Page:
Important: This legacy document includes the full history of “What’s New in Xcode” revisions for Xcode 4, from Xcode 4.1 to Xcode 4.6.3.
What’s New in Xcode 4
Xcode is the complete developer toolset used to create applications for Mac, iPhone, and iPad. The Xcode development environment bundles the Instruments analysis tool, iOS Simulator, and OS frameworks in the form of iOS SDKs and OS X SDKs.
Xcode 4.6.3 and Other Updates
Xcode 4.6.3 fixes an issue where debugging in the iOS Simulator could hang on OS X 10.8.4.
Xcode 4.6.2 is a maintenance release responding to reported developer issues and Apple QA testing.
Xcode 4.6.1 supports development with OS X 10.8.3 SDK and provides compatibility for ARC in projects targeting OS X 10.6.
Highlights Found in Xcode 4.6
Xcode 4.6 adds support for the iOS 6.1 SDK and includes the following additional features.
For the compiler:
Compilation warnings are added which assist in finding bugs when using ARC and weak references.
otoolis enhanced to support disassembly of Intel AVX instructions.
The LLVM compiler now supports C++11 “user defined literals” and “unrestricted unions” features.
The static analyzer has enhanced cross-function analysis for C++ and Objective-C methods.
For the debugger:
LLDB has been enhanced to read metadata from the Objective-C runtime.
LLDB has improved support for stepping over inlined functions
LLDB now prints function argument information in backtraces by default.
LLDB now supports “thread return,” temporary breakpoints, and a variety of aliases to add common shortcuts from GDB.
The elements of
NSDictionaryobjects can now be inspected in the Xcode debugger.
For information on all releases, check in the release chapters: New Features in Xcode by Release.
Xcode 4.6 requires a Mac running OS X v10.7 or OS X v10.8, and includes iOS 6.1 SDK and OS X 10.8 SDK. To develop apps targeting prior versions of iOS or OS X, see About SDKs and the iOS Simulator.
The iOS and Mac Developer Programs provide access to the App Store, additional support and documentation, and provisioning resources to enable testing and deployment on an iPhone, iPod Touch, or iPad device. For more information visit:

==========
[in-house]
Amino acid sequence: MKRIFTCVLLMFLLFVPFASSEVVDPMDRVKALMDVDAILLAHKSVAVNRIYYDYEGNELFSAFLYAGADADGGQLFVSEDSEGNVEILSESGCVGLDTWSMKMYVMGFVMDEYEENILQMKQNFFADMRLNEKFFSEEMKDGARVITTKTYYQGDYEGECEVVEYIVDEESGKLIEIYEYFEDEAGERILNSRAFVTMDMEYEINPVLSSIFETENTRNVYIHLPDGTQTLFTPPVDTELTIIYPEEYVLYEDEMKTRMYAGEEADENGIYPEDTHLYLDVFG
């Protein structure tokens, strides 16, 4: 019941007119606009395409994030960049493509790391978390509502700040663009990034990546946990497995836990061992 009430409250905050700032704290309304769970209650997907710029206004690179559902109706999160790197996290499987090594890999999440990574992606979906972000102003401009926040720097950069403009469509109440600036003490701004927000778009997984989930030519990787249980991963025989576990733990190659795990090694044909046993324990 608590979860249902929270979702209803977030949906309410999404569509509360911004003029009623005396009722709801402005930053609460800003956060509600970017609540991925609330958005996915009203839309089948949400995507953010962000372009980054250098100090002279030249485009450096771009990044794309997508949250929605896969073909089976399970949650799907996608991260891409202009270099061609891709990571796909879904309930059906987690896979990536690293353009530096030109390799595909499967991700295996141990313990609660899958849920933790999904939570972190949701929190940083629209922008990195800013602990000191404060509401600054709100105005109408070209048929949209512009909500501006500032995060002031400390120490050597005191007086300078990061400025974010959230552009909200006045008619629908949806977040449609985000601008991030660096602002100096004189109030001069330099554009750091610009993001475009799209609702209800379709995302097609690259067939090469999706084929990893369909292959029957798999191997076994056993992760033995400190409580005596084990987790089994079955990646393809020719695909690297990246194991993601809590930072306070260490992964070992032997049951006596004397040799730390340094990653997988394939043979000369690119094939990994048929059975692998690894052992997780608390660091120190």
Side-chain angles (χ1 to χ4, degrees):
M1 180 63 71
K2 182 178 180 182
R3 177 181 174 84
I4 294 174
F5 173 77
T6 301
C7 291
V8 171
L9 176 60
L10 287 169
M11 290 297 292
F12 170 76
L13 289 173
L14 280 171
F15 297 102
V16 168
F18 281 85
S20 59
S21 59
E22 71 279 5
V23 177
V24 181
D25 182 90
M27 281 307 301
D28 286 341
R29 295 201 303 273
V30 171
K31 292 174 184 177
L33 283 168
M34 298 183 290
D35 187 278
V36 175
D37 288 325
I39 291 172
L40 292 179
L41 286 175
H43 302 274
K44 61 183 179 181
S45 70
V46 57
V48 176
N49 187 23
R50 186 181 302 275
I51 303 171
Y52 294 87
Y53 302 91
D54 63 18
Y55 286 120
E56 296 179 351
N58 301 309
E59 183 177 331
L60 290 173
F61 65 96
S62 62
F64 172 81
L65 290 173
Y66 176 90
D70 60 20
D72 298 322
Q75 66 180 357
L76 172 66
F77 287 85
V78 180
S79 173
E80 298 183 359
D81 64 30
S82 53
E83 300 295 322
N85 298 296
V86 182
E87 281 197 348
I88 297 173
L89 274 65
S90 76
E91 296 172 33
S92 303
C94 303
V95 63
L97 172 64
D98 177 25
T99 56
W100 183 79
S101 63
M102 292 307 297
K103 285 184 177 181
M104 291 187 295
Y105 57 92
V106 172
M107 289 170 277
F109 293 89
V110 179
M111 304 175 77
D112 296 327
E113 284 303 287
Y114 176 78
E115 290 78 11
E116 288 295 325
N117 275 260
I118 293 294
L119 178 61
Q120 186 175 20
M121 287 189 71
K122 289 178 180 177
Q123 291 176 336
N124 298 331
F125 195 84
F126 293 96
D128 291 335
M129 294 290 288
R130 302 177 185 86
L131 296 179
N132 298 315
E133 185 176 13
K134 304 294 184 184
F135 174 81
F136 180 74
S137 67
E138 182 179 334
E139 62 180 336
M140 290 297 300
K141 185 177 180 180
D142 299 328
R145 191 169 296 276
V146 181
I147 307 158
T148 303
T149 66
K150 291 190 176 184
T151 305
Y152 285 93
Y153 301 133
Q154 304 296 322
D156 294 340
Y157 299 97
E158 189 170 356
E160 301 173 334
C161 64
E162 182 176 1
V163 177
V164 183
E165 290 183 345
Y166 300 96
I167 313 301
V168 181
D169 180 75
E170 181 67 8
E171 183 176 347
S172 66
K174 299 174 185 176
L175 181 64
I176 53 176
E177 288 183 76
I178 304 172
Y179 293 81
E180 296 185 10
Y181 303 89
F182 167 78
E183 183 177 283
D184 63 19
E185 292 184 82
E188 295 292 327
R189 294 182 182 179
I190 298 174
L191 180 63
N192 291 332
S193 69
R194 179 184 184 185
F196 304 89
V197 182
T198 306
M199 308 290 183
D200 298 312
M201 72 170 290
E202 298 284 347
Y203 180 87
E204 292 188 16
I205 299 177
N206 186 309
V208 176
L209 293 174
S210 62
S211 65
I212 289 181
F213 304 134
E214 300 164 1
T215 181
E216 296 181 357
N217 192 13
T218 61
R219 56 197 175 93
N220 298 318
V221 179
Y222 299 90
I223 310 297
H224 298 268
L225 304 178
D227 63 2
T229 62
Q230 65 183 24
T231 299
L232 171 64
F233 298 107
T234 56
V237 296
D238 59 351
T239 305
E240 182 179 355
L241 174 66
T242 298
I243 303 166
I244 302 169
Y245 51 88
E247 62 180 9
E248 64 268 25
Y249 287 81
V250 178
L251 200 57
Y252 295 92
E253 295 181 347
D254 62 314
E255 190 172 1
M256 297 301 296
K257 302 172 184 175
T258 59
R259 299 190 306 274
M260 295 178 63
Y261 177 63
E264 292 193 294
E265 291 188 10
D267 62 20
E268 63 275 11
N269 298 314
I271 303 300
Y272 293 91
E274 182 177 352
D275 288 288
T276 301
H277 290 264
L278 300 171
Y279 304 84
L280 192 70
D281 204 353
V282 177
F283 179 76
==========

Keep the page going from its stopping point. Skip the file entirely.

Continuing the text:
For discussions about any Apple developer software, including prerelease products, visit the Apple Developer Forums at http://devforums.apple.com/.
For the latest security information visit http://support.apple.com/kb/HT1222.
For more detailed information please see the complete Xcode release notes, available from the Help menu.
About SDKs and the iOS Simulator
A software development kit (SDK) is a collection of frameworks (libraries, headers, and resources) that represent the API for a specific iOS or OS X version. Most of the functionality your app gets from an SDK is actually provided by the host operating system, which makes the right Base SDK and OS Deployment Target settings critical for app compatibility. Xcode automates this configuration for you, building with the latest SDK and targeting the latest OS by default.
If your app doesn’t require the latest OS features, you can configure it to run on a previous version of iOS or OS X version via the OS Deployment Target option in the Xcode Project settings. If your project was created in a much older version of Xcode, you can let Xcode update your project. When you do, Xcode automatically sets the Base SDK to Latest in your build settings. You use the Xcode Project Modernization feature to perform this task, see the description in Project Modernization for more details.
For iOS, Xcode automatically switches between the iOS Simulator SDK and the device SDK, depending on where you intend to run your app. You don’t need to select these settings manually.
You obtain Xcode 4.6 from the Mac App Store, it is a free download that installs directly into the Applications folder. By default, Xcode downloads developer documentation in the background for offline reading, and automatically downloads documentation updates as well. This behavior can be changed after installation via the Documentation tab of the Downloads preferences pane.
Xcode 4.6 can coexist on a Mac with previous versions of Xcode.
New Features in Xcode by Release
Chapter articles are listed by major revision. Minor update release information is appended in the chapter for the major revision.
Xcode 4.6 adds support for development on iOS v6.1.
Relevant Chapter: New Features in Xcode 4.6
Xcode 4.5 adds support for development on iOS v6.0.
Relevant Chapter: New Features in Xcode 4.5
Xcode 4.4 adds support for new Objective-C language features and supports development on OS X v10.8 Mountain Lion.
Relevant Chapter: New Features in Xcode 4.4
Xcode 4.3 adds enhancements to Xcode installation, improves operations and workflow, and support development for iOS v5.0.
Relevant Chapter: New Features in Xcode 4.3
Xcode 4.2 adds enhancements to the features and workflow of Xcode 4.1 to support development for iOS v5.0.
Relevant Chapter: New Features in Xcode 4.2
Xcode 4.1 adds enhancements to the features and workflow of Xcode 4.0 and, when running on OS X Lion, implements user interface features standard in OS X Lion such as full-screen windows.
Relevant Chapter: New Features in Xcode 4.1
For short tutorials that walk you through some of the most commonly used features of Xcode, see either:
These documents provide the perfect starting point for iOS and Mac app development. Follow either road map to learn how to get and use Xcode to create your first app. You will learn how to use Xcode to test and debug your source code, analyze and improve your app’s performance, perform source control operations, and archive and submit your app to the App Store.
To learn about using Xcode 4 in detail, see Xcode Overview.
To learn more about the tasks and workflow required to develop and distribute Mac or iOS apps, see App Distribution Guide.